Most reports are based on combinations of tabular layouts, so to continue my series about visual design (see my previous post) I will focus on the most common and simple problem to fix: The fundamentals of how to align numbers and text in tables and how to treat their headings.
Here are the rules
Seems obvious really but they are so often rarely applied. A Google image search on “excel table” reveals what most Excel users do …
….they simply use what Excel defaults to:
…or if people are more adventurous often feel that centered columns would somehow looks better:
…or even worse they apply the Excel Tables styles:
All those habits make the table more difficult to read. To understand why this is the case let’s use the Gestalt Law of Proximity.
In the picture above my brain tells me that there are 6 columns of 9 dots in one group. Simply moving the dots of the first row to the left breaks this grouping and differentiates the dots into 2 groups
This is exactly what happens if you left align column headers on numerical columns: As shown below and the brain does not associate them anymore which is what I want in most cases for headings and numbers.
So Excel Defaults are not right as shown below.
Right aligning the headers brings them together.
The grouping still works even if the shapes have a different width but remain either right or left aligned:
The reason for this is explained by the next Gestalt law of Continuity, the right aligned figures and the left aligned text are perceived as columns
The table below shows this affect with the arrows showing the continuation of the series and the same works with columns of left or right aligned figures or text, we perpetuate the series and perceive the column as one object. Even inserting a row to visually separate the figures and the column headers does not break the grouping…
….what can be explained by the Gestalt law of Closure.
Hence we perceive the columns of numbers and headers still as a unit even though the headers are placed somewhat apart from the figures.
If we now disable the Excel grid lines we end up with table which merely relies upon white space and Gestalt laws to format the table providing clear associations: A first class table.
In western cultures we read text from left to right so it makes a lot of sense to left align text columns but not so for numeric columns. The eye has to search for the decimal point to get to the ten, hundred or thousand digit, this makes comparing numbers quite difficult if not impossible when many numbers are involved.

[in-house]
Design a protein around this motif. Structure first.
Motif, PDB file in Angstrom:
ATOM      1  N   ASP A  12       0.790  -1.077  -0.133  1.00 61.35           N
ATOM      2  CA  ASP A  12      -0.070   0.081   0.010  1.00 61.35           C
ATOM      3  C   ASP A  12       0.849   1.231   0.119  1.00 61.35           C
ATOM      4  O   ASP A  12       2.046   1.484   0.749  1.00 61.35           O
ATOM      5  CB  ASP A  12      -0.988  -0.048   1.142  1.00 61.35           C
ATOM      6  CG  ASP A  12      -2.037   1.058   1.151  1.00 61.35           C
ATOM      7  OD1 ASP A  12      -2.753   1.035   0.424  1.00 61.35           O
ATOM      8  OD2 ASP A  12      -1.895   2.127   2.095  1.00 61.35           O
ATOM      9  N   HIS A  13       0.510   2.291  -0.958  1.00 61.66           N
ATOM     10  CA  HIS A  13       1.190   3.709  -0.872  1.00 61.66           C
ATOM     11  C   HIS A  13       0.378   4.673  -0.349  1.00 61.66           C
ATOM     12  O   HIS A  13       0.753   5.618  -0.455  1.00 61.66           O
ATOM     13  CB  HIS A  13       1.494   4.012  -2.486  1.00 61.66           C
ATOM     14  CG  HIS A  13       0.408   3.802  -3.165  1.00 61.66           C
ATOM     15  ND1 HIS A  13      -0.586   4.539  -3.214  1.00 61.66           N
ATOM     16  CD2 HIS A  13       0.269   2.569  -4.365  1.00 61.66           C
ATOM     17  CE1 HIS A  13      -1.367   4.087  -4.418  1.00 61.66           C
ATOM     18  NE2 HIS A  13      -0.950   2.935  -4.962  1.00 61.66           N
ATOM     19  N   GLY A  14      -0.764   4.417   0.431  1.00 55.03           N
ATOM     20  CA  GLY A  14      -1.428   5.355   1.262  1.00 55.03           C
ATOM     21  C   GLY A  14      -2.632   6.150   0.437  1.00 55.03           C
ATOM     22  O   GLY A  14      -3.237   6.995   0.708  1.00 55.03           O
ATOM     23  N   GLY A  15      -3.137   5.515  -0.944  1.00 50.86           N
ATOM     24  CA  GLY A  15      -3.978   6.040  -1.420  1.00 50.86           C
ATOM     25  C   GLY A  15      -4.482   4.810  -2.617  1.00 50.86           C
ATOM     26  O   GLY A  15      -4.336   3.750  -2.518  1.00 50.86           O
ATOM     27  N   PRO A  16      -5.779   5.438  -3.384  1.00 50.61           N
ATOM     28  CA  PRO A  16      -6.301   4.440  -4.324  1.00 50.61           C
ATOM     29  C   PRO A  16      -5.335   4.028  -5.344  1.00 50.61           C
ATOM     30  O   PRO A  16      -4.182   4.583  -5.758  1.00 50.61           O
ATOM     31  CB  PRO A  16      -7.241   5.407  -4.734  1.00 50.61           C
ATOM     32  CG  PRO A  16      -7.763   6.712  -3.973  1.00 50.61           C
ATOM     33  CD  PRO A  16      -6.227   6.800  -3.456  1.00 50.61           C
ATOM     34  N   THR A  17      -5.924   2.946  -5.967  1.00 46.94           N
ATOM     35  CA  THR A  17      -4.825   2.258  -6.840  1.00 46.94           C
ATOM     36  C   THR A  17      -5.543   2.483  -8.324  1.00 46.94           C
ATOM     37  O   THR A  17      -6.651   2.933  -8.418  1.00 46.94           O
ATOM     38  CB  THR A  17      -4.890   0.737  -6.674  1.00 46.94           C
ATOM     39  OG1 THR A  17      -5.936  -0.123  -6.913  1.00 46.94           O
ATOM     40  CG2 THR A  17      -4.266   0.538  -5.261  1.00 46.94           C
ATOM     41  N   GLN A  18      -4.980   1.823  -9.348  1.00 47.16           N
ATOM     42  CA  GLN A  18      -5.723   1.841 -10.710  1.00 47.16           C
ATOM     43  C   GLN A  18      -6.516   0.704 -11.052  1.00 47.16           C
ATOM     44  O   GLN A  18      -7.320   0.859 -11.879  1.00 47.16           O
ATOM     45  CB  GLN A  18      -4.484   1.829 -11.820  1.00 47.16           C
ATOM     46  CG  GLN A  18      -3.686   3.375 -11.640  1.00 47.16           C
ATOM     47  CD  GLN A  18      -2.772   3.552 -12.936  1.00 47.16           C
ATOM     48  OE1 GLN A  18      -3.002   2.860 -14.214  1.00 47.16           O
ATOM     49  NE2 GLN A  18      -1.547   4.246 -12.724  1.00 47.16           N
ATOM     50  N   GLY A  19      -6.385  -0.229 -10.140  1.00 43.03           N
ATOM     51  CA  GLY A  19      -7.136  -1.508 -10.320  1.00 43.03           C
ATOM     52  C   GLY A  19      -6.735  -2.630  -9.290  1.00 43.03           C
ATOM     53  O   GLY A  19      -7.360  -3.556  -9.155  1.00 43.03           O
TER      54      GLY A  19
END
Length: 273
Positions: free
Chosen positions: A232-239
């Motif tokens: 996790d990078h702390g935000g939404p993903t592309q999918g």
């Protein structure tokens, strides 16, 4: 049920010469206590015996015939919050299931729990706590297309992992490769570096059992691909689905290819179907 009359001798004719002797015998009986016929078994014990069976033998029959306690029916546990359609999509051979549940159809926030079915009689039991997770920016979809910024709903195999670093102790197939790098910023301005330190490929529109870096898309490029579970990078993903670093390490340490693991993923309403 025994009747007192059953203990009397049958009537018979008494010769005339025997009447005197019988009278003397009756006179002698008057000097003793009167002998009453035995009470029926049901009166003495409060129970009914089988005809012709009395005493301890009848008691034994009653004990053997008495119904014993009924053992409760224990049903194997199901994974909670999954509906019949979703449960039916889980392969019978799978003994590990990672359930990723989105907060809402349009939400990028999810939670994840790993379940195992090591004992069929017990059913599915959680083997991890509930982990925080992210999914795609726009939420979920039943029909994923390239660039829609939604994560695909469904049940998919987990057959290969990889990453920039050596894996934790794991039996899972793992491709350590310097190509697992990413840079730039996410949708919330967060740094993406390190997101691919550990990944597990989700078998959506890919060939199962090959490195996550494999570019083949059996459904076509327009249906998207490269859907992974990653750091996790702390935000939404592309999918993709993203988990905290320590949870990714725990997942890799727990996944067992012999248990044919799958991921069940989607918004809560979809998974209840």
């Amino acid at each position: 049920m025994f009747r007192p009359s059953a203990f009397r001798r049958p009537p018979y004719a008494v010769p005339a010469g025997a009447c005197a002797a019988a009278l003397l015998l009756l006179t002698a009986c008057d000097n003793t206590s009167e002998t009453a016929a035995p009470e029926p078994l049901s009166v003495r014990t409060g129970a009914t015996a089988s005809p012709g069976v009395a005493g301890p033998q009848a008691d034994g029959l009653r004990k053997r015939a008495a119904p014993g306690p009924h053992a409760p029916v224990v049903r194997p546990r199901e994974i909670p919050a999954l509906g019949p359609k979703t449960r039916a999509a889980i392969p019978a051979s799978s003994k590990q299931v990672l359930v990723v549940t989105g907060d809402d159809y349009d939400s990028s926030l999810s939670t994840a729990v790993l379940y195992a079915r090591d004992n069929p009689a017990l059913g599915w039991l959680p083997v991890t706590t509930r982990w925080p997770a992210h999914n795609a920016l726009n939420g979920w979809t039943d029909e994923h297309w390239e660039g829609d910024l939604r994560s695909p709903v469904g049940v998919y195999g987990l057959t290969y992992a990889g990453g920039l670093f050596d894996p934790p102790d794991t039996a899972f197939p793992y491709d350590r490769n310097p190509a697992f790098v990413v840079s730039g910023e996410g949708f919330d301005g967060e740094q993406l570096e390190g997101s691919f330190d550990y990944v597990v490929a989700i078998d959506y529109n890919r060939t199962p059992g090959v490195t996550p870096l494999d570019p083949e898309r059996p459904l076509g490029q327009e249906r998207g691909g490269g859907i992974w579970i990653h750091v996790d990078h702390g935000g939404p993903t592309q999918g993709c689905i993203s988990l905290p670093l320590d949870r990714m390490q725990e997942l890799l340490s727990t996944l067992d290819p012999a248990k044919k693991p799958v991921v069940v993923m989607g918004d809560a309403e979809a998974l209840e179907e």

Here the Gestalt Law of Continuity can help, simply right aligning brings all tens, hundred, thousand digits on the same virtual line and makes comparison straightforward and simple.
Unsurprisingly, centering numbers in column causes exactly the same problem as shown below. Another visualization “No No”.
Interestingly, the same rules apply when we move beyond simple text and numbers to MicroCharts such as sparklines, column charts and bullet graphs. Especially when the sparklines contain m
Right or center alignment leads to severe difficulty comparing values of the same period in different rows in the table.
If the sparklines have the same amount of data points this is not an issue but in dynamic reports this may not always be the case so its better to be safe than sorry.
When using visual tables another nice trick to is to introduce an axis to a column chart to aid in the visual alignment and to group periods into blocks through the alternate shadings. The column chart above use a column chart to visualize units sold and an area chart for the other measures. The different shading groups the periods into 6 month units and the column bars aids the visual alignment. So to recap, make it easy for people to read your tables by following how your brain inherently processes information as explained through “Gestalt” laws. Here are the rules again
I hope that this article has been useful and I look forward to dealing with other visualization techniques in later posts.
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